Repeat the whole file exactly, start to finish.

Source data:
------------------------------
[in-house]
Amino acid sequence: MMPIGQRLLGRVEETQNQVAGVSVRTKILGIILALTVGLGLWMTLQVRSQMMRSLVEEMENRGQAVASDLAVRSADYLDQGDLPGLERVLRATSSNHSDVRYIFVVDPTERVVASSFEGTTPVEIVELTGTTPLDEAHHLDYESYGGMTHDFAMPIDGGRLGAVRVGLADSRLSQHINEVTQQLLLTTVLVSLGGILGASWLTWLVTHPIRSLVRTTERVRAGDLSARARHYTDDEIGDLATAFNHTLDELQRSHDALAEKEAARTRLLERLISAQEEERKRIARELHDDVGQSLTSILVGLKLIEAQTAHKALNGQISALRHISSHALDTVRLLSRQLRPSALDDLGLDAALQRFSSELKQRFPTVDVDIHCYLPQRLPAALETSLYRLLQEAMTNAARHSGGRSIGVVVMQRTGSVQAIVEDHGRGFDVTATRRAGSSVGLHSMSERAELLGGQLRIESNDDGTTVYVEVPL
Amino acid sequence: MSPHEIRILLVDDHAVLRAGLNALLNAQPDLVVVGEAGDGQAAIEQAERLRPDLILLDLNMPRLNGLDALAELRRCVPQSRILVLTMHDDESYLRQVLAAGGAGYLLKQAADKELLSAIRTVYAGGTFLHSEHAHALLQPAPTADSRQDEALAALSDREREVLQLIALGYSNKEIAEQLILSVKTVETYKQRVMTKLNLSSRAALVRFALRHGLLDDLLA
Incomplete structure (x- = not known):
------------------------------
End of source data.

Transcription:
[in-house]
Amino acid sequence: MMPIGQRLLGRVEETQNQVAGVSVRTKILGIILALTVGLGLWMTLQVRSQMMRSLVEEMENRGQAVASDLAVRSADYLDQGDLPGLERVLRATSSNHSDVRYIFVVDPTERVVASSFEGTTPVEIVELTGTTPLDEAHHLDYESYGGMTHDFAMPIDGGRLGAVRVGLADSRLSQHINEVTQQLLLTTVLVSLGGILGASWLTWLVTHPIRSLVRTTERVRAGDLSARARHYTDDEIGDLATAFNHTLDELQRSHDALAEKEAARTRLLERLISAQEEERKRIARELHDDVGQSLTSILVGLKLIEAQTAHKALNGQISALRHISSHALDTVRLLSRQLRPSALDDLGLDAALQRFSSELKQRFPTVDVDIHCYLPQRLPAALETSLYRLLQEAMTNAARHSGGRSIGVVVMQRTGSVQAIVEDHGRGFDVTATRRAGSSVGLHSMSERAELLGGQLRIESNDDGTTVYVEVPL
Amino acid sequence: MSPHEIRILLVDDHAVLRAGLNALLNAQPDLVVVGEAGDGQAAIEQAERLRPDLILLDLNMPRLNGLDALAELRRCVPQSRILVLTMHDDESYLRQVLAAGGAGYLLKQAADKELLSAIRTVYAGGTFLHSEHAHALLQPAPTADSRQDEALAALSDREREVLQLIALGYSNKEIAEQLILSVKTVETYKQRVMTKLNLSSRAALVRFALRHGLLDDLLA
Incomplete structure (x- = not known):